Use JSON to dynamically build web pages with Vue.js

Welcome to Part 2 of my Vue.js tutorial where we will take a closer look at reusable components and dynamic web page building.

Take a quick look at Part 1 to learn:

  • How to quickly get up and running with the Vue.js development environment
  • What a Vue component is
  • How to build Vue components
  • Use properties to dynamically size components

While designing our new site htmlallthethings.com (coming soon) I went through a natural progression with Vue.js and this guide will be based on that.

Lets make our components more interesting

To start lets add a little bit of customization to the square component we made in Part 1.

In our square.vue file lets add a couple of directives*

*A directive is what we call the Vue.js attributes that we add to the elements we create. For example v-on, v-bind, v-if. Those are all directives that tell Vue.js to look at what is there and do the correct action with it.

square.vue

We are adding two new directives to our square

  • v-html — pass in text or html code as a property, we’ll use this to display text in our square [ Reference]
  • v-bind:style — bind a property or a variable to a component or html attribute, in this case a CSS Style [Reference]

Notice that we then have to add our two new variables that we are using in our directives to the props: {..} section in the <script> .. </script> section.

To finish off we just need to adjust the <style scoped> … </style>(CSS) slightly to make the text we are passing in a little more readable. I won’t get into this as it’s not in the scope of this guide, but if you have any questions feel free to leave a response!

How do we create these components dynamically?

So what happens if you can’t just manually create each component like this:

<square text="This is a square" size="large" color="#000"/>

As nice as it is in some circumstances to be able to just create a whole static web page and have it not change based on data or user input, in today’s web we know that isn’t the norm. Instead we can expect to create content based on server responses mostly in the form of JSON.

Instead of building out a whole back end to show how to do this we will just create a JSON file, with the response we would want to receive. This is a great way to quickly get a front end up and running while you are still working on the back end.

For our purposes here is the JSON:

data.json

Nice and simple but with it we can use really interesting functions of Vue.js to not only import but then iterate through this JSON and create our squares from it.

First we need to create the data.json file, make a folder in your src directory called json and put the file there. Then to import the file, in the 
<script> ... </script> section of the app.vue file we want to put this line:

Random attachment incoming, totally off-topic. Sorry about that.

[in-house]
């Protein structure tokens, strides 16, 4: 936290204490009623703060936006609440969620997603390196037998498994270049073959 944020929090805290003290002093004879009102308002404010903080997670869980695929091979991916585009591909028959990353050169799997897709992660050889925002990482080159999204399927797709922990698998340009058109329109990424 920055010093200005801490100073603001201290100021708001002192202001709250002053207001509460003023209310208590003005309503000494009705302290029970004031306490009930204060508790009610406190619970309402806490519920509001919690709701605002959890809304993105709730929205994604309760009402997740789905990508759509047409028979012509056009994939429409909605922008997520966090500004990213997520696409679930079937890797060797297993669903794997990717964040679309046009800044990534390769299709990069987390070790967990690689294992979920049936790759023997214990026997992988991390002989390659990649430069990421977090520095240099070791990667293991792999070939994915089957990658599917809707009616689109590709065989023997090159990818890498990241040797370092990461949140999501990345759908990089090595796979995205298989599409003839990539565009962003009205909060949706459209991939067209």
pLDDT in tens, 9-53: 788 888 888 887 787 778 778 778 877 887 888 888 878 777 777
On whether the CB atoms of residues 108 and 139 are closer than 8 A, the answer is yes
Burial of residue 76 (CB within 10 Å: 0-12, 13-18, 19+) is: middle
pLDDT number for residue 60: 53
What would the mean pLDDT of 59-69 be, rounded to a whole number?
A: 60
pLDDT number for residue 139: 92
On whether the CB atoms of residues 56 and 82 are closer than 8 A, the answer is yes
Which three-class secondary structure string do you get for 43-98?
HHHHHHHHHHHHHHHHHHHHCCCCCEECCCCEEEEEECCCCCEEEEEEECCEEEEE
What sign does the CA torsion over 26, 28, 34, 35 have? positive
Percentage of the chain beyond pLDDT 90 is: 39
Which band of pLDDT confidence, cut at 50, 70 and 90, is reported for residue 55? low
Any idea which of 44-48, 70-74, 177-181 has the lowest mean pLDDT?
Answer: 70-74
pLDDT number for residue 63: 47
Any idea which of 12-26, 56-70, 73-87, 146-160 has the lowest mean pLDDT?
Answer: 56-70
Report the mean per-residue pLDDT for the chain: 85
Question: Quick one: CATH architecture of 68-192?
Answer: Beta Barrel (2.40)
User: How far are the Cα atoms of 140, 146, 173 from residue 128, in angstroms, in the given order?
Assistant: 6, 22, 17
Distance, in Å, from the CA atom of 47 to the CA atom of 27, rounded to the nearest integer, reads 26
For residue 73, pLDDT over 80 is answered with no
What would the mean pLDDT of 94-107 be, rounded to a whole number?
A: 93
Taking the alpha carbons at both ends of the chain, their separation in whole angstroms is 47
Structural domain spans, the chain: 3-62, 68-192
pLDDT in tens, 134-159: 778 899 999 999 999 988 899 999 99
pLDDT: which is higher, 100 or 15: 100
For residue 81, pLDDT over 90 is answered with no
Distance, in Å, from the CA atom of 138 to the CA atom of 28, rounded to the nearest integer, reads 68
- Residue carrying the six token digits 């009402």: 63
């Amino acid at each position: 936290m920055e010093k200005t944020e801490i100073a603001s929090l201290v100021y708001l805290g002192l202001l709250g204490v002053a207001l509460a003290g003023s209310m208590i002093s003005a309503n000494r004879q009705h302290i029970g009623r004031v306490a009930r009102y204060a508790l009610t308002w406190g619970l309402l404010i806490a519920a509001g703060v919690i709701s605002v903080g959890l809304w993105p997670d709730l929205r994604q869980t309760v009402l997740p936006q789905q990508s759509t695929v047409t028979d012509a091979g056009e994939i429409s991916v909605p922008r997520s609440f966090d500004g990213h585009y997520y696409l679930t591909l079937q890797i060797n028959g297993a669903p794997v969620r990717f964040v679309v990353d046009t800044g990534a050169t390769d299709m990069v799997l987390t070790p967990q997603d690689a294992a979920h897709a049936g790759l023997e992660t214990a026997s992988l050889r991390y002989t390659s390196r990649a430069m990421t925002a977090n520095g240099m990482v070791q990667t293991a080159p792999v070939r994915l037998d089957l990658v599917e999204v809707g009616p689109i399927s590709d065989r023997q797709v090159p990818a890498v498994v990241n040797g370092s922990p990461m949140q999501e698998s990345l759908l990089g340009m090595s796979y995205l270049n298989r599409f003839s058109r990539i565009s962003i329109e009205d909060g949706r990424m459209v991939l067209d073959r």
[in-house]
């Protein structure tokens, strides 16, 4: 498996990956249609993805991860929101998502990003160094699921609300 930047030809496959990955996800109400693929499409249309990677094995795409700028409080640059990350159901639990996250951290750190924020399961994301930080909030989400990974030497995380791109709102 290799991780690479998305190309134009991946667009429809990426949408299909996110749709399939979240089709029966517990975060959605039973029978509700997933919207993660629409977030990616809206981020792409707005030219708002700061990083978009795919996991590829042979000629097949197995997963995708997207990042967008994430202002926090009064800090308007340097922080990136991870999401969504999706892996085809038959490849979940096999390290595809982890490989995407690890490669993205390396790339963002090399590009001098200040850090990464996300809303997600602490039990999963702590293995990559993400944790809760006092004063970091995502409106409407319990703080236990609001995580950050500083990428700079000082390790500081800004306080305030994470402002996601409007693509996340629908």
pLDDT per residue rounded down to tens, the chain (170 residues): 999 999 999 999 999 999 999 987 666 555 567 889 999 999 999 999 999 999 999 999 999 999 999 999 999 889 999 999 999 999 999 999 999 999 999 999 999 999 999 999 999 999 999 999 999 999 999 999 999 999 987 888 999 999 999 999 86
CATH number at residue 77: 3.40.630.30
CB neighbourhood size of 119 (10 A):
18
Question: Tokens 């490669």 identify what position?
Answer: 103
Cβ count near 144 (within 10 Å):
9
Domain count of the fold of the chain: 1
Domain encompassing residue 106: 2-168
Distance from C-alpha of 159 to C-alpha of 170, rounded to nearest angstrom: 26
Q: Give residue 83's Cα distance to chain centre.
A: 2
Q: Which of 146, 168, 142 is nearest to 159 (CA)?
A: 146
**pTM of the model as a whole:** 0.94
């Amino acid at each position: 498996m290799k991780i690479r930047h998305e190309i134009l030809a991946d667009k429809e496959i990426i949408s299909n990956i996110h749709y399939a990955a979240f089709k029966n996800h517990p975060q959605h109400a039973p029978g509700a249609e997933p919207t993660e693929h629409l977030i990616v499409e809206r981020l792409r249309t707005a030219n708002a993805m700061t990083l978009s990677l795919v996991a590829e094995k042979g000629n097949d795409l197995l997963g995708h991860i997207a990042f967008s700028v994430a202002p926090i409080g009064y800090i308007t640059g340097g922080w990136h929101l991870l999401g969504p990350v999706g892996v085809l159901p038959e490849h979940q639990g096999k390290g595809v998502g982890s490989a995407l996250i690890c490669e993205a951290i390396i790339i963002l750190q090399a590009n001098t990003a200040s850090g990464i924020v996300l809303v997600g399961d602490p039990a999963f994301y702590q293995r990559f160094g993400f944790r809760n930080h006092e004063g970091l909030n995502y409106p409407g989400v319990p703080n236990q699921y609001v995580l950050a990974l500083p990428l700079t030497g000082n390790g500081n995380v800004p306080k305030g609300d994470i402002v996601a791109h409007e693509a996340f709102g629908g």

import json from './json/data.json'

Then we want to tell Vue.js that we want to use this json variable in our <template> or reactive html code. To accomplish this we need to add a new section in the <script> part of our code (the Vue instance) called the data(){ ...} section. This tells Vue.js that we want to add these variables to our reactivity system (the html code that is created by the Vue.js instance) .

So lets take a look at the code:

app.vue

If you take a look at the <script> tag we can see the new data property with a return. We need this return because we are using a custom component structure and we need to tell our instance that there are variables it needs to keep on eye on. When these variables change they will cause a re render to occur on the element they are bound too.

In our case we just need to store the json we imported into a template accessible variable myJson .

Once we do this we can start using myJson to build out our template. if you look at the <template> section of the code we can see how this is done. In our custom <square> component we again use a Vue.js directive v-for which allows us to iterate through all the elements in myJson .

As we iterate through we use the previously defined props and the v-bind directive to create each square:

  • v-bind:key is a must when iterating through custom components. The key allows us to reference that specific element if we need to in the future [Reference]
  • v-bind with text, size and color is just using the JSON we created to pass the attributes into our square components

Once you run this code you should see something like this:

It might seem like what we’ve done is just create some squares on a blank white page but if you take the skills you have learned you should be able to build out a simple page using either one or multiple JSON files. Which will prepare you for receiving server responses and using them in your Vue.js projects.

So lets summarize what we learned:

  • New Vue.js directives, v-bind, v-for, v-html
  • Creating a simple JSON structure
  • Being able to import and use a JSON file in native Vue.js code
  • Iterating through JSON in our template to create custom components dynamically

You can checkout the complete code base at this GitHub repo.

As htmlallthethings.com gets built, more of these guides will come out. Alongside these guides I am planning on doing a video tutorial series where we will be building out a hexagonal grid of widgets that you can use as your own personal dashboard. So make sure to check back in to this article as I’ll post the links for it here and also our social media’s (check them out below).

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